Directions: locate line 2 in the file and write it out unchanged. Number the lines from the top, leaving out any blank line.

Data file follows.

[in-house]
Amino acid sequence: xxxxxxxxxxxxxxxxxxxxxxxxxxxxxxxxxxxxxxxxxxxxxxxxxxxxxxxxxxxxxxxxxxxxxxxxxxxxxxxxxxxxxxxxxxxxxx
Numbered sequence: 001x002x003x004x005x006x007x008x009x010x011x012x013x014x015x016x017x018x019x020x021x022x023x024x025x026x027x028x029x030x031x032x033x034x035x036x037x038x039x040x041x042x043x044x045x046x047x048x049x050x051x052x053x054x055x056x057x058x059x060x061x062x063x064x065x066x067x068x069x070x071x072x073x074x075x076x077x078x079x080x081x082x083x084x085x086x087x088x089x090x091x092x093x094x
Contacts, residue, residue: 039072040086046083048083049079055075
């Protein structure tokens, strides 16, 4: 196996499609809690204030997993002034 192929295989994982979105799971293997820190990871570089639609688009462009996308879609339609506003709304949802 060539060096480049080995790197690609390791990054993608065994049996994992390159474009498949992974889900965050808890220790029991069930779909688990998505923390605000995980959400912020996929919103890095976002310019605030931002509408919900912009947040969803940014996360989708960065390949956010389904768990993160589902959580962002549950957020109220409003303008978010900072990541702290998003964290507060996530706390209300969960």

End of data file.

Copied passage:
Amino acid sequence: xxxxxxxxxxxxxxxxxxxxxxxxxxxxxxxxxxxxxxxxxxxxxxxxxxxxxxxxxxxxxxxxxxxxxxxxxxxxxxxxxxxxxxxxxxxxxx